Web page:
British wine struggles from a lack of warmth and sunshine and can often leave the grapes struggling to ripen. As with a lot of British vineyards at Dedham Vale they have planted large amounts of modern (predominantly German) cultivars as these can tolerate our slightly harsher and cooler climate. I am a big supporter of British produce and so I was hoping (albeit with a degree of trepidation) for a real gem here.

Dedham Vale Reserve, East Anglia, England, 2013

20160402_185219Red Blend (Rondo, Dornfelder, Dunkelfelder and Pinot Noir)
Limousin oak barrel aged
Alcohol 10.5%
£10 Dedham Vale Vineyard

From the bottle I was greeted by a delicate ruby red wine. On sitting there was a reasonable amount of effervescence which is often seen with wines bottled in cooler climates. On the nose was a pungent and somewhat unusual aroma that couldn’t help but remind me of stewing plums and a hint of cinnamon added for good measure. I will admit this was initially somewhat off putting. Its initial taste was disappointingly thin, with some flavours of liquorice and sweet berries coming through, but lacking that acidity and tannin to really develop the flavours on your palate. I can certainly see where the winemakers were going with the wine, but unfortunately I can’t help but feel this wine has suffered heavily from under-ripening – the Achilles Heel of British wine, which considering 2013 was actually quite a hot, sunny summer for the UK does not necessarily bode well for the short term future. Roll on global warming!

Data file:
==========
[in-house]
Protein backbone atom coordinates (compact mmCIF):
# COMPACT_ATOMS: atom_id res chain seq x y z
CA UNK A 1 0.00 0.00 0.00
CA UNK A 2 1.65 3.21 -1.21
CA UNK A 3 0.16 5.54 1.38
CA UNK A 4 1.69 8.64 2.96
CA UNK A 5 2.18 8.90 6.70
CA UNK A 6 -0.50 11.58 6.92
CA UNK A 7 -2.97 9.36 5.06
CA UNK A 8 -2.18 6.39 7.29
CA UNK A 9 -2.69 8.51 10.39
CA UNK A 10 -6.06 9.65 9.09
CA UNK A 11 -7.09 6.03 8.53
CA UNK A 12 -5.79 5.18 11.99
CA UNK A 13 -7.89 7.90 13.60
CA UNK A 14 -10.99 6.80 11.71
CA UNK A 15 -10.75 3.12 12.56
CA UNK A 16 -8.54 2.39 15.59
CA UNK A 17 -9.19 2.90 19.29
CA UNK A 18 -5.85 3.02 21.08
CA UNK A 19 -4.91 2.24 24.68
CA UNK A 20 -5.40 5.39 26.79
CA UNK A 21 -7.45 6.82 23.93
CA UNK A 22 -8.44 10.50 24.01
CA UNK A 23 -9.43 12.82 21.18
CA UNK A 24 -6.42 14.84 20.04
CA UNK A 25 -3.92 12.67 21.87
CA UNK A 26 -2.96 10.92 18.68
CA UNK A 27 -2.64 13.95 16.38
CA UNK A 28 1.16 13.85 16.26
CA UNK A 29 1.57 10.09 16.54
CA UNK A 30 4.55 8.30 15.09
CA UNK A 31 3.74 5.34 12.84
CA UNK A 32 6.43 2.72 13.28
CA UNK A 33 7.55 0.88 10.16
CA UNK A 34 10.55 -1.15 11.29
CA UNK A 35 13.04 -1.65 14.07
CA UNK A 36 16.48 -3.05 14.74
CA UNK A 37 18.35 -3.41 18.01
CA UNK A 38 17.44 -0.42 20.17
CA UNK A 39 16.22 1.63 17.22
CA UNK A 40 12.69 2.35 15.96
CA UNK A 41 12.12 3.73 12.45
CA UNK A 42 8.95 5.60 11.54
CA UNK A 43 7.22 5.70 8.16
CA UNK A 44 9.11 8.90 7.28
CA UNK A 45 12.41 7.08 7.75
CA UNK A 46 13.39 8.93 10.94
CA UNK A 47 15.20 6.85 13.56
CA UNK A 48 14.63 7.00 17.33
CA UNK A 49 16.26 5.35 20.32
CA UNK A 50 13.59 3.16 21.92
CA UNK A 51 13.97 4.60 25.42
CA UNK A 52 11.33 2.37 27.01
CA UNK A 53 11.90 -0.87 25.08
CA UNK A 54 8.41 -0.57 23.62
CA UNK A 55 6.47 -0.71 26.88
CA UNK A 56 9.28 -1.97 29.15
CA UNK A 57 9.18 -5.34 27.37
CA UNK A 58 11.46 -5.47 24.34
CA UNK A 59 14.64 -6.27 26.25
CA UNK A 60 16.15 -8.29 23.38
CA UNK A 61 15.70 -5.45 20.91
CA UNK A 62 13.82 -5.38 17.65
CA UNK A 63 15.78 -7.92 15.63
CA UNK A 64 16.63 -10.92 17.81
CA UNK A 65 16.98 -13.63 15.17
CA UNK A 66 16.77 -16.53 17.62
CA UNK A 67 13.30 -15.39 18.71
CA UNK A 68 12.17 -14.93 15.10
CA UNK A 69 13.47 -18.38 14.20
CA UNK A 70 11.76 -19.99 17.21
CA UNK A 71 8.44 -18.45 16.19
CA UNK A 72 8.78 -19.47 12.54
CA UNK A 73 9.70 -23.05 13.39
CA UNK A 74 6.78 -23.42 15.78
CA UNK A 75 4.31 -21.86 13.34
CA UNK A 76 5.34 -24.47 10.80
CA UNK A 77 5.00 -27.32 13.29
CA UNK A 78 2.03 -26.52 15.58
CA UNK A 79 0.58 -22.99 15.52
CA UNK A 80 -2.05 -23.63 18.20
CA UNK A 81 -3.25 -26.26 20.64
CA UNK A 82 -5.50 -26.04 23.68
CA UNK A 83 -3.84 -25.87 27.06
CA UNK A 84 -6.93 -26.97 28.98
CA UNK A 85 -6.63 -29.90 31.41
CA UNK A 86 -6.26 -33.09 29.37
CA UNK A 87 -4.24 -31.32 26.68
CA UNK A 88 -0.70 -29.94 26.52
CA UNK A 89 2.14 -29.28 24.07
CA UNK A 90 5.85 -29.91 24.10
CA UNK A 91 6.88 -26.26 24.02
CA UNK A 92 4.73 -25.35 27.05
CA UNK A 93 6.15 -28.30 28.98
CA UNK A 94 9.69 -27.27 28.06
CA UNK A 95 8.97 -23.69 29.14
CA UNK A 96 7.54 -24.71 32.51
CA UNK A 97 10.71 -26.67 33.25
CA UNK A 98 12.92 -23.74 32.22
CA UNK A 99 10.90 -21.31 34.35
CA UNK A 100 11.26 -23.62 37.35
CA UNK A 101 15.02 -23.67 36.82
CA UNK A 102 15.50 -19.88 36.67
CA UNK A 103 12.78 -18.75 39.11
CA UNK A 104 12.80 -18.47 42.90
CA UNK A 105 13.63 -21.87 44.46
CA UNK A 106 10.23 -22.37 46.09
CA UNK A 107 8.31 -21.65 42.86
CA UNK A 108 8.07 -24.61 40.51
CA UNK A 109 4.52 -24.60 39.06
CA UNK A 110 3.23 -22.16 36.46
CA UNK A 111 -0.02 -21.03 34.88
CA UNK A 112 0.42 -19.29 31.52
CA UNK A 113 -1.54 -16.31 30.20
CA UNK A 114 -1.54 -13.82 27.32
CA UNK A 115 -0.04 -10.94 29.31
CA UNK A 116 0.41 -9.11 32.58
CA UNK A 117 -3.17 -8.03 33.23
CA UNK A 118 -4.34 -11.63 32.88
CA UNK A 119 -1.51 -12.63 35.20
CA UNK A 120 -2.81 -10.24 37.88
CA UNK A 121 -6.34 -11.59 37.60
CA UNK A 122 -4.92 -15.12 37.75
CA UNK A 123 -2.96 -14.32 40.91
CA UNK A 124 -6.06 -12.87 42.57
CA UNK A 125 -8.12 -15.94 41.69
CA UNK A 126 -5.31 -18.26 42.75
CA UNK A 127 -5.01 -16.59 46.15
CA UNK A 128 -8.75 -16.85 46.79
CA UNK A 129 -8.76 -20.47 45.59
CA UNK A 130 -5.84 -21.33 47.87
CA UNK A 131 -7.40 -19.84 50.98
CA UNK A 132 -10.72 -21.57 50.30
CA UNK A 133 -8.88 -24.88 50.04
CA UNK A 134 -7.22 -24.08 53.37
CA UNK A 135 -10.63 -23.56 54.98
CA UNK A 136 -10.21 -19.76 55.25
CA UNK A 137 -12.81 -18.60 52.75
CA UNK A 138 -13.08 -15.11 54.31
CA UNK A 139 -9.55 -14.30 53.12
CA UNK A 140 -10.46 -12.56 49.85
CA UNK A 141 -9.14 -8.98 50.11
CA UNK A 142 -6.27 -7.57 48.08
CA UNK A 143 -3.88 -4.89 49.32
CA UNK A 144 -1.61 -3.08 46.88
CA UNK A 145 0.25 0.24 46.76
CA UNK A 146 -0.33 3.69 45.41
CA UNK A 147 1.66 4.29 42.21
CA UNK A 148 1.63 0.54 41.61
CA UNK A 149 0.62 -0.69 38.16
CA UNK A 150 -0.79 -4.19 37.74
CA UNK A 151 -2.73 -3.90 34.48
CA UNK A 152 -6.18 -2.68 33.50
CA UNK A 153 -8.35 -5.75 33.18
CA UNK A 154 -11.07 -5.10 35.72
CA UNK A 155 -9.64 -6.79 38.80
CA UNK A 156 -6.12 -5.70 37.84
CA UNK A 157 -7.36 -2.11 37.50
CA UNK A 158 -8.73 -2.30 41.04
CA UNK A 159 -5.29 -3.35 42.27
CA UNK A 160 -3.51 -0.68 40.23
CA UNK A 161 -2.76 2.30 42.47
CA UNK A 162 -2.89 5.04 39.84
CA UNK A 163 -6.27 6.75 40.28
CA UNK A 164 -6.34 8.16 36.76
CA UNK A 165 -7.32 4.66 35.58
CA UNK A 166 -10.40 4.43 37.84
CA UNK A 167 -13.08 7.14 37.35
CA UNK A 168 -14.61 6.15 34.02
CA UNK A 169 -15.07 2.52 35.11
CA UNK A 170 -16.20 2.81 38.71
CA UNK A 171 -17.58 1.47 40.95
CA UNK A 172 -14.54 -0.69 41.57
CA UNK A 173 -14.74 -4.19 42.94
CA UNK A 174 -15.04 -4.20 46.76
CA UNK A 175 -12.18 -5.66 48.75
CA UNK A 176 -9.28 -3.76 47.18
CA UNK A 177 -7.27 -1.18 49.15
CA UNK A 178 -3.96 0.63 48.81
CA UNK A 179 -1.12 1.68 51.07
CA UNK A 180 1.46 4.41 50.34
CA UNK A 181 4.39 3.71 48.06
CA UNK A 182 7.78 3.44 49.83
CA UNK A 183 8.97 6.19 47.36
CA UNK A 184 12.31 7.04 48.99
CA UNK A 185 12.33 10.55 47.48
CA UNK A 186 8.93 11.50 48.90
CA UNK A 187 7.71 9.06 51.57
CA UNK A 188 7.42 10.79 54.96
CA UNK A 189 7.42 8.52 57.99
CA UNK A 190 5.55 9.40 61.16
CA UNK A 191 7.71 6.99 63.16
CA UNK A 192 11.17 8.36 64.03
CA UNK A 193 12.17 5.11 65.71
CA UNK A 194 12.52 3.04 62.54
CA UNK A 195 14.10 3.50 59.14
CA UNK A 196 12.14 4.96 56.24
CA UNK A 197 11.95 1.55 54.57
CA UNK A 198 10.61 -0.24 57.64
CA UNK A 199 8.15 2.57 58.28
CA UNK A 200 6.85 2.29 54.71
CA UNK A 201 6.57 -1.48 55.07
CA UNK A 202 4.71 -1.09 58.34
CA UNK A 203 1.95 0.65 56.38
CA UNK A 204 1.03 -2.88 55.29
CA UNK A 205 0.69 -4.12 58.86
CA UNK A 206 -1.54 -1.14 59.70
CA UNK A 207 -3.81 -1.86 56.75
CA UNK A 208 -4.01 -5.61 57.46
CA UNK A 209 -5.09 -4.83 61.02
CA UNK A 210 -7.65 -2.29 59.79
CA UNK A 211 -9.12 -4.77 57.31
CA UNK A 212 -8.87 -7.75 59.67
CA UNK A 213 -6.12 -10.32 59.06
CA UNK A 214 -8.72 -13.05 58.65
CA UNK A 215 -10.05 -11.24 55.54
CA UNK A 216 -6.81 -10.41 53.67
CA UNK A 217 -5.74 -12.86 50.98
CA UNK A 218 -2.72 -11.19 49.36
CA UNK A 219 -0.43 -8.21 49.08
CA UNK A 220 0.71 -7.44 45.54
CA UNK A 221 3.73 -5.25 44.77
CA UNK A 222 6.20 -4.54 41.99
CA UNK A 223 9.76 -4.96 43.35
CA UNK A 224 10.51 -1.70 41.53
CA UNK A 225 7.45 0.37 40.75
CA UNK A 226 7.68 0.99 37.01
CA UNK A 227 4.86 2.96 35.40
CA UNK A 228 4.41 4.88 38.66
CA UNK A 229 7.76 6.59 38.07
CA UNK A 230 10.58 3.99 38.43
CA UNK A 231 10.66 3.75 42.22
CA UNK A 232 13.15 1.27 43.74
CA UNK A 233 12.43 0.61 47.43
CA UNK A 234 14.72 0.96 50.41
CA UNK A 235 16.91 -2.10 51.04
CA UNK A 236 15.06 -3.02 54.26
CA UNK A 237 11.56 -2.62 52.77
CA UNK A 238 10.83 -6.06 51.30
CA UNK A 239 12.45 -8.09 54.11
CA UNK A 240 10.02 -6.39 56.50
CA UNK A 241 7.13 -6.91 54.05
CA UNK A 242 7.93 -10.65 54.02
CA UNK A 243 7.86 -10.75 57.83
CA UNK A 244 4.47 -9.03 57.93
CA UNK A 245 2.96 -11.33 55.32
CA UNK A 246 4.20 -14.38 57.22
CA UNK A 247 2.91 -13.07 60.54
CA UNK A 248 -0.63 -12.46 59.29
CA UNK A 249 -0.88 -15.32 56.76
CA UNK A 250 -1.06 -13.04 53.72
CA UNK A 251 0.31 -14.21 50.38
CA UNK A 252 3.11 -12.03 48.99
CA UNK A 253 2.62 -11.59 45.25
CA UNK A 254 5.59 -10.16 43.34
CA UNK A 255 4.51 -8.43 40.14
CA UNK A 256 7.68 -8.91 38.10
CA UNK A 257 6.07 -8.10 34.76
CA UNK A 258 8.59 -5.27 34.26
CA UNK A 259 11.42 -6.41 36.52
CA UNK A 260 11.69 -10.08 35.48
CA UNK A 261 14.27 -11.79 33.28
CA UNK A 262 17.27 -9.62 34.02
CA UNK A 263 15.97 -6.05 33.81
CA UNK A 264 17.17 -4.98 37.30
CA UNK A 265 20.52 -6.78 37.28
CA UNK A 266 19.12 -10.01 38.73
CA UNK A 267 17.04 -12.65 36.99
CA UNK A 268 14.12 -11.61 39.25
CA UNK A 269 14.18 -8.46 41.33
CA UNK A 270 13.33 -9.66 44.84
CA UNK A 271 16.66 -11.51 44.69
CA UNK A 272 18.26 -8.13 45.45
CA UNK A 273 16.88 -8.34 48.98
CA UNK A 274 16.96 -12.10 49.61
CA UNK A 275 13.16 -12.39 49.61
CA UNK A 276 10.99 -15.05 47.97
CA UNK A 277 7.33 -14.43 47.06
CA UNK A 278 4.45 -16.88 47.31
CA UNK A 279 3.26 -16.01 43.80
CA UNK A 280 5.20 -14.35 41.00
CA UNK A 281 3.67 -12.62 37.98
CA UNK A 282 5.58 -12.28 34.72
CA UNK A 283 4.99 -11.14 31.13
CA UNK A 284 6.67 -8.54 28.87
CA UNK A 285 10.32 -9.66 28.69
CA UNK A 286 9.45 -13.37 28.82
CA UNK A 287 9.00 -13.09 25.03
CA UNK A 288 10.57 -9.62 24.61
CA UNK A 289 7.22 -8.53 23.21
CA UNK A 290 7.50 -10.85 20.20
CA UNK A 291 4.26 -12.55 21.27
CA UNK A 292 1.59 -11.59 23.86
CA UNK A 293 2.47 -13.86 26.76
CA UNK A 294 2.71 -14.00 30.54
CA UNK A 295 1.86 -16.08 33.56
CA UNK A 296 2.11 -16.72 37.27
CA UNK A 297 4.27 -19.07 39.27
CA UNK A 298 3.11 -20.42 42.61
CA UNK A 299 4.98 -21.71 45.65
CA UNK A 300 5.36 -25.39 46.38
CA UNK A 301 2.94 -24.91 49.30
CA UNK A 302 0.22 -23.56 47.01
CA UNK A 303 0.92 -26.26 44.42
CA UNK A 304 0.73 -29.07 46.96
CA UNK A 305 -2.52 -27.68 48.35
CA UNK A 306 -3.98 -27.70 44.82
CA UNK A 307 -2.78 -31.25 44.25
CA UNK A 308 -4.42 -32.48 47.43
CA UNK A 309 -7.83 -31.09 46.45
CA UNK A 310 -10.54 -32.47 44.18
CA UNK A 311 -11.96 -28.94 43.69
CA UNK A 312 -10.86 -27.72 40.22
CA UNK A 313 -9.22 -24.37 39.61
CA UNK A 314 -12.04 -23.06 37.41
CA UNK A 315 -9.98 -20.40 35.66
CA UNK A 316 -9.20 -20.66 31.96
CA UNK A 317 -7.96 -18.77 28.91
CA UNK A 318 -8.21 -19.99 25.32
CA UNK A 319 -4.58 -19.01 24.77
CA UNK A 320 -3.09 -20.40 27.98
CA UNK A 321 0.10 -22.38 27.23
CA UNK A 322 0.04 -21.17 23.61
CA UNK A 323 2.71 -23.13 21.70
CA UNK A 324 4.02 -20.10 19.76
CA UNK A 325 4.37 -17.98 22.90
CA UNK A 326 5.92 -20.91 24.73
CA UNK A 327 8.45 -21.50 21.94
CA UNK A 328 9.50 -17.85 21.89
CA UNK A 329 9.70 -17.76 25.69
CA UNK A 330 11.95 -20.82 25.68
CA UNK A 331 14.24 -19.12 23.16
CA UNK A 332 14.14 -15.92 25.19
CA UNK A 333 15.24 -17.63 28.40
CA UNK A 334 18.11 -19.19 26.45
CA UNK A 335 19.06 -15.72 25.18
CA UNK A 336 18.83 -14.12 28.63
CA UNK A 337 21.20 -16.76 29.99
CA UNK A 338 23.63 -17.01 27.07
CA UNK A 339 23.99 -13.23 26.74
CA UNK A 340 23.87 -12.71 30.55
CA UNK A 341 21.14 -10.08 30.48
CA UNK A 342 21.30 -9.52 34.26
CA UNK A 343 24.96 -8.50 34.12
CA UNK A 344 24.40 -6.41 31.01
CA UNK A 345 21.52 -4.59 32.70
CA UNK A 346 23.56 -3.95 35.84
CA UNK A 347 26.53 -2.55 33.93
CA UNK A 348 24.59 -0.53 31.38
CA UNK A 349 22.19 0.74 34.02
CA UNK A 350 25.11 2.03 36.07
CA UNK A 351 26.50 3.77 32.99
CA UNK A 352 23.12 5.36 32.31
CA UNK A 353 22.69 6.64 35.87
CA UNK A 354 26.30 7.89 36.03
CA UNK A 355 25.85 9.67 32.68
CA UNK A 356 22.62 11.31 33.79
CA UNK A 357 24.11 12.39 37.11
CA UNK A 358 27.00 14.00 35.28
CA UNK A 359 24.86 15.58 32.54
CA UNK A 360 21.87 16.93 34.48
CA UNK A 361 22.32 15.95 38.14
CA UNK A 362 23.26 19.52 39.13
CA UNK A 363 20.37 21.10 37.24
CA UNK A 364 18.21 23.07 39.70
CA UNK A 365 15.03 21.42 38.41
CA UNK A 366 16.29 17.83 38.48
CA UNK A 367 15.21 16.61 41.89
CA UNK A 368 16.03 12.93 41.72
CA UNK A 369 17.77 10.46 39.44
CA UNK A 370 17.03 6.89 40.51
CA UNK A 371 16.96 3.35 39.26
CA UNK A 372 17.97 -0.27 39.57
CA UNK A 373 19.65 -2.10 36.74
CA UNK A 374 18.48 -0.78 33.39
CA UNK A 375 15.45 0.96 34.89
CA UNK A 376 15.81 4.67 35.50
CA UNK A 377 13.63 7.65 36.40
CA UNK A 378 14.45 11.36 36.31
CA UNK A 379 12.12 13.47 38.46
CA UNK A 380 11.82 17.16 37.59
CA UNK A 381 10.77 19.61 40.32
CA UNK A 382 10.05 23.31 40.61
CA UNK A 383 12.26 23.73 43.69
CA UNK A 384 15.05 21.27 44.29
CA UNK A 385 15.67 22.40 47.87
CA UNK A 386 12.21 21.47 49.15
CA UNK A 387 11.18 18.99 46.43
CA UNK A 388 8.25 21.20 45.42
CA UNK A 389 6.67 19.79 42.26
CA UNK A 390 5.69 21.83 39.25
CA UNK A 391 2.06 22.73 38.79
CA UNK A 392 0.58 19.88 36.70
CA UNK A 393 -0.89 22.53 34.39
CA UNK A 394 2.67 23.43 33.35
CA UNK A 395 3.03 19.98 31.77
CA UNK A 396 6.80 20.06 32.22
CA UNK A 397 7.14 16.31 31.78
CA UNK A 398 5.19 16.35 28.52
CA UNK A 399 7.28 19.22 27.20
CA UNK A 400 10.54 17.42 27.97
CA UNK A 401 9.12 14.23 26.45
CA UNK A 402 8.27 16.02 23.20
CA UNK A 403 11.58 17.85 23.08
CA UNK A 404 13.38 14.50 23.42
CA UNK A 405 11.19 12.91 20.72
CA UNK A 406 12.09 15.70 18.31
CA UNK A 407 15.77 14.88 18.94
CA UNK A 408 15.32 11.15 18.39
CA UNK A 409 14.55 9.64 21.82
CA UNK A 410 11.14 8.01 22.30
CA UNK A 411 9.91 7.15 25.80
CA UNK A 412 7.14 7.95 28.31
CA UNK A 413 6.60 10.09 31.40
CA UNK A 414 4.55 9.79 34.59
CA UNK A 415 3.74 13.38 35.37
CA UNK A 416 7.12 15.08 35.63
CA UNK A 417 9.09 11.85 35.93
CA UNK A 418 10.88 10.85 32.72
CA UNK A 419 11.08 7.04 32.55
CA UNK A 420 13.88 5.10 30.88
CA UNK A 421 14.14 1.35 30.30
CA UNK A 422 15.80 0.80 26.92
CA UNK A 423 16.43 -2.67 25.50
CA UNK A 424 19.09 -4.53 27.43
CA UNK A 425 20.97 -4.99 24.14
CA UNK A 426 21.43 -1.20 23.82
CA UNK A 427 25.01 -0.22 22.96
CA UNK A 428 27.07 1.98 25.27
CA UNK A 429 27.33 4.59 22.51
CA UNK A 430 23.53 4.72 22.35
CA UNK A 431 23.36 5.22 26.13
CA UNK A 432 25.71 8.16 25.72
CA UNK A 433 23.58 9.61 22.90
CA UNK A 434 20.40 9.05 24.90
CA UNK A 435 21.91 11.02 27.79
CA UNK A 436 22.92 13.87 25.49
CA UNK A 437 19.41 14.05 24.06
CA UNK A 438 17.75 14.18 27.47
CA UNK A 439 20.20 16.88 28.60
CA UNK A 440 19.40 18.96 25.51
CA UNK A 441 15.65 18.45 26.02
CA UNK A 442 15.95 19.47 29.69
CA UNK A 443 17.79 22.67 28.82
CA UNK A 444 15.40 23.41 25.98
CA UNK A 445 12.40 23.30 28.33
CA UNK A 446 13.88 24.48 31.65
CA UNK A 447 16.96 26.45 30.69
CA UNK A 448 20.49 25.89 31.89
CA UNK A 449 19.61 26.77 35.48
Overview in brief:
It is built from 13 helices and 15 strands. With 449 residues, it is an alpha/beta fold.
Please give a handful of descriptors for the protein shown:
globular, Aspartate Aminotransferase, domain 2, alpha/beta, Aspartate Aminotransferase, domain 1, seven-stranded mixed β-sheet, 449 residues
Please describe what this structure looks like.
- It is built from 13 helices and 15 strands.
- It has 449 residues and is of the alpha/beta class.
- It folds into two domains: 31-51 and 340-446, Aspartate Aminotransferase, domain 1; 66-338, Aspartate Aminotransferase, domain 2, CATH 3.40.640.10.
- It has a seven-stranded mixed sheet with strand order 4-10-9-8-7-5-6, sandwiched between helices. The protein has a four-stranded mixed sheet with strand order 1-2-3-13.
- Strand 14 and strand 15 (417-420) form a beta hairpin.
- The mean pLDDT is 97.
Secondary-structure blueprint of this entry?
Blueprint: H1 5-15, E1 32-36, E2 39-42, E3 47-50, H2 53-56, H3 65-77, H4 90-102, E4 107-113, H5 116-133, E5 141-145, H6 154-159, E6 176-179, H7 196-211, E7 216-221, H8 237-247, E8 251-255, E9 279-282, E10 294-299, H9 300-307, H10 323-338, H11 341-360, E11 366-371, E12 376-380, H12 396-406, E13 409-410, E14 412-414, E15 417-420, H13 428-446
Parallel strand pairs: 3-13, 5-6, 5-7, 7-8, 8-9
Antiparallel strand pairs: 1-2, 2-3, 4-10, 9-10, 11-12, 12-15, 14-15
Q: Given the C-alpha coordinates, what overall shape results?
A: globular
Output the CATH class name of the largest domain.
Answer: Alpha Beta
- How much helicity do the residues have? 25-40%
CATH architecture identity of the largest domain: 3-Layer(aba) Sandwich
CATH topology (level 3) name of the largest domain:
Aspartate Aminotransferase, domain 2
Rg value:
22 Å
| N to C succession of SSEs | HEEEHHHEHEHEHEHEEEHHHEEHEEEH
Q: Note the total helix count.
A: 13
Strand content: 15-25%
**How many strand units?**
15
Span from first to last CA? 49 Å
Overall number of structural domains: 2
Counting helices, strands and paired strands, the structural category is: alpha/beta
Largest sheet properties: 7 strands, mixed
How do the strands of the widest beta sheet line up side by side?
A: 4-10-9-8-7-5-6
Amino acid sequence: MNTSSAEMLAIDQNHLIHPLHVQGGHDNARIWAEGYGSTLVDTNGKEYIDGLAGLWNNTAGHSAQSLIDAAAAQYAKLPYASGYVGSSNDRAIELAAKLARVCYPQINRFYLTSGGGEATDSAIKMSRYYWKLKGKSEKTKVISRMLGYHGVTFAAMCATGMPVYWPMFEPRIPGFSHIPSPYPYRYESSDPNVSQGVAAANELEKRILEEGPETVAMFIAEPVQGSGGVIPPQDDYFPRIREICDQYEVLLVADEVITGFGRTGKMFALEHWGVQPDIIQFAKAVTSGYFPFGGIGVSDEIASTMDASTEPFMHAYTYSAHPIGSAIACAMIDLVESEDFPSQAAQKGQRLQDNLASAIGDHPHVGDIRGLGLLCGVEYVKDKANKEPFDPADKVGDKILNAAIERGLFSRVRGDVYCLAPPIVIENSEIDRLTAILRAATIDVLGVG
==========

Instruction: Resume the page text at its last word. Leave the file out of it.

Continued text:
To be perfectly honest, I wouldn’t pair this wine with most meat dishes. At a stretch I would suggest a light chicken or fish dish, though slightly chilled I could see it working well with barbecued meat (in a similar vein to some Australian reds). Its light nature lends itself well to drinking on its own, or with (dare I say it) summery salads (although you’d want to avoid too vinegary a dressing)!

Making red wine in the UK is a thankless task, and with a great deal of regret I have not yet tasted a single British red wine that I would drink again. Perhaps that is a somewhat harsh assessment, but whilst we produce some of the finest sparkling wines in the world (if not the finest), we still struggle with still wines, especially those of the red variety. Needless to say, I will be keen to try their white and sparkling offering at some point as I am convinced this wine does not do the vineyard fair justice. 70 points (MI)